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The pumpkin spice paradox

On coffee, impatience, and the illusion of agency


A Pumpkin Spice Latte drink rests on a table at a Starbucks in New York on Aug. 24. Associated Press/Photo by Peter Morgan

The pumpkin spice paradox
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I’m a college professor. Traveling with my students is an exercise in watching them get coffee multiple times daily. Not because they necessarily even want or need the taste of coffee or the caffeine of coffee, but rather it’s the activity of the coffee—and the multiple choices it entails—that ends up being the important part. The little printed label with all of the customer’s unique preferences ends up becoming something of an adhesive personality profile. It might say:

I’m unique … or … my stomach is a very delicate ecosystem … or … I’m undergoing something of a persona rebrand … or I don’t even like coffee but just want to be a part of the group.

Many of these students come from (ahem) extremely over-parented backgrounds, so the coffee run is also an opportunity to exercise some independence and make some non-parented choices. I don’t blame them. Six bucks is a small price to pay (apart from still being scandalous and highway robbery) for the appearance of agency.

Today, in August, it is currently 96 degrees Fahrenheit, with a heat index of 111. Naturally, Starbucks is already promoting its Pumpkin Spice Latte, which has—like football and leaves changing color—become a staple of American Autumn. Except it is nowhere near autumn. Or anything pumpkin-related. Even my house seems to be sweating in the morning because it is so hot.

Fall starts, essentially, when Starbucks tells us it does. At its inception, Starbucks promised leather and Michael Buble’ and upscale coffee. Now it is like coffee-McDonald's, but with more choices to make. These choices are supposed to deliver peak happiness—that “first sip” feeling. But for the most part, they don’t, because now a large part of the entertainment of going to Starbucks is complaining about what part of your order they got wrong.

I freeze while ordering coffee and go for something very basic because if I get complicated with it and it’s bad, then it’s my fault.

My students are fascinated with the ’90s, and sometimes I think they like me only because I can story-tell on command about anything ’90s-related. They can’t believe that, in the ’90s, to “get coffee,” your options were to go to a gas station or a diner. And the coffee was coffee-flavored only. We didn’t concern ourselves with the number of origins of the roast. Your only additional choices were to add cream or sugar. For the most part, especially in the early ’90s, “going to get coffee” wasn’t an activity. We talked about ourselves in dorm rooms or grimy apartments—not in coffee shops or on the internet.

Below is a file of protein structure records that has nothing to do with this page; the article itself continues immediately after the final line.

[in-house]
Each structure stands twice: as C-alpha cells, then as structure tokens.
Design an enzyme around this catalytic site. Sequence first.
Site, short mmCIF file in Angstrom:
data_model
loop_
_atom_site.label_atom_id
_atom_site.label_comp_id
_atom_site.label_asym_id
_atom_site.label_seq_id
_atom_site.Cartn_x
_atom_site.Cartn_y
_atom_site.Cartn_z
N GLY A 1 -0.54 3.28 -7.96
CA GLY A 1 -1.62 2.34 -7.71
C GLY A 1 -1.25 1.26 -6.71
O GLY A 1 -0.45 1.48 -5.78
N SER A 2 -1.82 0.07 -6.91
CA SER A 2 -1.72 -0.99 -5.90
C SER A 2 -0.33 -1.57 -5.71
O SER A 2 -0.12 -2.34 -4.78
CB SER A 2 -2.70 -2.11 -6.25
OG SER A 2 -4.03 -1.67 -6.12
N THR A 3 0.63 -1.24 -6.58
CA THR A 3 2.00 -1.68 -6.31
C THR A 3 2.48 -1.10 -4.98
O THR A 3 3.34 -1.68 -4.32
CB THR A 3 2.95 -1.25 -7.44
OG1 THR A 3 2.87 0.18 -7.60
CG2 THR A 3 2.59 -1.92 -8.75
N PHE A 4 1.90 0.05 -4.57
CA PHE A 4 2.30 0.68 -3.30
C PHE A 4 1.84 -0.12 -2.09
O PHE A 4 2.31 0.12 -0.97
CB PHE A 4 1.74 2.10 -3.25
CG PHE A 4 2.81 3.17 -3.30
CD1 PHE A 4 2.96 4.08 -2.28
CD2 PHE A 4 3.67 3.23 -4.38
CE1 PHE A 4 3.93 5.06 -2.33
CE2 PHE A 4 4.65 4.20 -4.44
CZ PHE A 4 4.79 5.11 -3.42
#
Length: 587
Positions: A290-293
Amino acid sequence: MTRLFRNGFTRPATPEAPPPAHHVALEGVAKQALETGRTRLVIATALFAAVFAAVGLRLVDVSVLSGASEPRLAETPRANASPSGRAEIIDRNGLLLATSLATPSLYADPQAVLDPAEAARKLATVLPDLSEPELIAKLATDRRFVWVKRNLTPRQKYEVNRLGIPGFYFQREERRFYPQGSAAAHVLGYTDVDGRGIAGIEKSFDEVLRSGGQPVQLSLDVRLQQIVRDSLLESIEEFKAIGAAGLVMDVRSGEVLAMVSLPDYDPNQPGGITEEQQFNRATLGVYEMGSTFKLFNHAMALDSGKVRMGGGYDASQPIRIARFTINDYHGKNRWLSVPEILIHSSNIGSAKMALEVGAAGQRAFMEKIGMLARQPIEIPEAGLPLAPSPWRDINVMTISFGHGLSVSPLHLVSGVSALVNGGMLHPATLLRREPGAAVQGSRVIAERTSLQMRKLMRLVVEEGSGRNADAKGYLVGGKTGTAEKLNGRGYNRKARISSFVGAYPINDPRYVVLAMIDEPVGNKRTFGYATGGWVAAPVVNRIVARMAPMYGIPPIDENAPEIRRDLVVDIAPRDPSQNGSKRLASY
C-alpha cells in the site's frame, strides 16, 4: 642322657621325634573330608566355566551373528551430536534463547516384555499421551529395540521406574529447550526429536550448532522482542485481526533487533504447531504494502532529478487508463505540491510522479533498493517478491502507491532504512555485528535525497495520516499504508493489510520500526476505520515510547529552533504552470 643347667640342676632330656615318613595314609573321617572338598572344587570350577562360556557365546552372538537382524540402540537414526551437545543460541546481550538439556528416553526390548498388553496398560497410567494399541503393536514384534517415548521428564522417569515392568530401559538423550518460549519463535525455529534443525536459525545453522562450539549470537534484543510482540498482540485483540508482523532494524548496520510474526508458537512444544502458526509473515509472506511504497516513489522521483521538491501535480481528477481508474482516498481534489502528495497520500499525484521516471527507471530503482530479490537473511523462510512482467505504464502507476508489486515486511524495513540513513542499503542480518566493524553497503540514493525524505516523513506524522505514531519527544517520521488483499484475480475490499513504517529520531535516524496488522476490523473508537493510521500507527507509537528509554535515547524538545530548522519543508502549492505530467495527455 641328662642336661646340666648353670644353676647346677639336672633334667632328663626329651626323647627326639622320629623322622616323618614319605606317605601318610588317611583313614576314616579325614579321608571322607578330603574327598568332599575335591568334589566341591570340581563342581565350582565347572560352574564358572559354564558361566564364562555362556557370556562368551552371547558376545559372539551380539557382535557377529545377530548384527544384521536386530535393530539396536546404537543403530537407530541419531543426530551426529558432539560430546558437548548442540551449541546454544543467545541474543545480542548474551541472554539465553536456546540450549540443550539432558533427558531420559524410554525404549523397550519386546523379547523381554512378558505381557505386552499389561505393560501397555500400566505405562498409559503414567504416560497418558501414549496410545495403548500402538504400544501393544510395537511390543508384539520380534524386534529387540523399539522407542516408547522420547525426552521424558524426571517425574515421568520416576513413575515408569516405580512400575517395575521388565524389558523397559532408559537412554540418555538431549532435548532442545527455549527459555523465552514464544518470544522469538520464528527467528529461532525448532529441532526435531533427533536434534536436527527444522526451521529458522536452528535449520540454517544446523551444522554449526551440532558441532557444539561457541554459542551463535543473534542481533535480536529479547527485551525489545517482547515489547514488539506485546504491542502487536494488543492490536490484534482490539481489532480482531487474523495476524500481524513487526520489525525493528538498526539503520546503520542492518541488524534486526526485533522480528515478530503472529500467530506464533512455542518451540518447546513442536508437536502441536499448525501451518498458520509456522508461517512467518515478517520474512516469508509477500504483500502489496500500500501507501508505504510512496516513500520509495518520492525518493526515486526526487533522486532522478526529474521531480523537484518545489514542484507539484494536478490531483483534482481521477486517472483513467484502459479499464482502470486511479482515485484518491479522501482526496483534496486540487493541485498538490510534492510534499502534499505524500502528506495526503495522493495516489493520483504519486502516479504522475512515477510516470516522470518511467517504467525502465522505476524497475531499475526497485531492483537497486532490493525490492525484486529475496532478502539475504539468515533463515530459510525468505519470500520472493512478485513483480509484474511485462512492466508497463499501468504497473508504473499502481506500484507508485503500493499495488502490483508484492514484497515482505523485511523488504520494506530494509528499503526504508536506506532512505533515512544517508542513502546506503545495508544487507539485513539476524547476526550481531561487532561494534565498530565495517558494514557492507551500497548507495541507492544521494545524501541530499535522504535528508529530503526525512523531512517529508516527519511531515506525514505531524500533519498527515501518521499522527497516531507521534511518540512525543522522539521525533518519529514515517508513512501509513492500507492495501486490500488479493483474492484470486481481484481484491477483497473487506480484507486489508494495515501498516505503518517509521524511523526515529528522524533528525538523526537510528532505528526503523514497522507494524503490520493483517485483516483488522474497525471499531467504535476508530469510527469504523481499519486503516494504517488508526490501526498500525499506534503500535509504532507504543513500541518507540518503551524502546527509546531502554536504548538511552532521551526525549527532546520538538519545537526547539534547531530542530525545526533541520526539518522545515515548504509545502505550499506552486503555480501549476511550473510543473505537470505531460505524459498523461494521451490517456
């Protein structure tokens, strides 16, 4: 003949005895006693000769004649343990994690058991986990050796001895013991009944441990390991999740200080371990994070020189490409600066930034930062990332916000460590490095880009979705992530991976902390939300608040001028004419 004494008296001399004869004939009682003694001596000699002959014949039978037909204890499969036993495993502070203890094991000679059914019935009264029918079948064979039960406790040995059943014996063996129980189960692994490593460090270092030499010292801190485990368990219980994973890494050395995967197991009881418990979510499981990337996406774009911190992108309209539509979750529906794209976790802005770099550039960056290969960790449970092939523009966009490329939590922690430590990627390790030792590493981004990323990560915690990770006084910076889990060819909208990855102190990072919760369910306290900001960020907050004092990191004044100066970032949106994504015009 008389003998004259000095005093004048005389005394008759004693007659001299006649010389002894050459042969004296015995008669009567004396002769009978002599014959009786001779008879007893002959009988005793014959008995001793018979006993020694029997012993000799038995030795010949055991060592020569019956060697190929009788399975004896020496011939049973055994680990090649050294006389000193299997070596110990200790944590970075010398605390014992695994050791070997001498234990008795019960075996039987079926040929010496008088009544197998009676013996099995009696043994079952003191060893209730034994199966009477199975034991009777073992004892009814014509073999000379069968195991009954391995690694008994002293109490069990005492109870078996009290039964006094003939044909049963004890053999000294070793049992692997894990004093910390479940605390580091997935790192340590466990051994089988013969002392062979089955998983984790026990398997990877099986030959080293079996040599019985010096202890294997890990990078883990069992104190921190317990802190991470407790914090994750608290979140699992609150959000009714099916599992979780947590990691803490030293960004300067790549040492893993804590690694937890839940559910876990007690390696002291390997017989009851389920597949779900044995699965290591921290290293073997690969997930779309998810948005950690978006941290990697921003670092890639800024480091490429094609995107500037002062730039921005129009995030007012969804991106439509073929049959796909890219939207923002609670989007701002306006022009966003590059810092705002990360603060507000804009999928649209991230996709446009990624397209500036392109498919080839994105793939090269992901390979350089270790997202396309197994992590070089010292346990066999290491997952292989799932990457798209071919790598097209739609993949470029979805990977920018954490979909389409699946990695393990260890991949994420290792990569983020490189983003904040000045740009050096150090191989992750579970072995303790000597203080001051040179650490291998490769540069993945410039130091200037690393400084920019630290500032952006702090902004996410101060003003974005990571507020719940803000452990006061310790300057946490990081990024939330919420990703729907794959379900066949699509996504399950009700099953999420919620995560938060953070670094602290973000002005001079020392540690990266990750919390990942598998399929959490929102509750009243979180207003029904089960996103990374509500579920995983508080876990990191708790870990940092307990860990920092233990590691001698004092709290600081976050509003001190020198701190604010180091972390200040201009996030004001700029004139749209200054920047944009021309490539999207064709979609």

Our coffee choices were limited. Our entertainment choices were limited (a few channels or whatever we could rent at a video store). The number of people we “knew” was limited by geography, family, and the people who went to our college. We could listen to the radio or whatever CDs hung in a rack on our wall. That was it. We didn’t have the option of “knowing” everyone in the world or listening to every song ever made.

In general, I think we were happier.

I freeze in the presence of too many choices. Spotify is a real anxiety-inducer for me. I use YouTube only for obscure heavyweight sparring sessions and offensive-line coaching tape. In general, I freeze while ordering coffee and go for something very basic because if I get complicated with it and it’s bad, then it’s my fault. What was supposed to deliver peak satisfaction has only given us more opportunities to be dissatisfied.

There is now a website with a link called “Obnoxious Starbucks Drink Order Generator.” I participated once and got this: Trenta Whip Non-fat Tiramisu Frappuccino in a Venti cup with 5 pumps of vanilla.

The thought of spitting that order out to a barista with her pierced septum, who at a deep level hates me and everything I stand for, fills me with existential dread. There’s a 100-percent chance I’d screw it up.

You now can choose Pumpkin Spice Cheerios, Pumpkin Spice Yogurt, Pumpkin Spice Twinkies, and Pumpkin Spice Marshmallows. All of these are calibrated to deliver a feeling—the feeling of Fall. Which is a feeling you can also get by … just waiting for Fall.


Ted Kluck

Ted Kluck is the award-winning internationally published author of 30 books, and his journalism has appeared in ESPN the Magazine, USA Today, and many other outlets. He is screenwriter and co-producer on the upcoming feature film Silverdome and co-hosts The Happy Rant Podcast and The Kluck Podcast.  Ted won back-to-back Christianity Today Book of the Year Awards in 2007 and 2008 and was a 2008 Michigan Notable Book Award winner for his football memoir, Paper Tiger: One Athlete’s Journey to the Underbelly of Pro Football.  He currently serves as an associate professor of journalism at Union University in Jackson, Tenn., and coaches long snappers at Lane College. He and his wife Kristin have two children.


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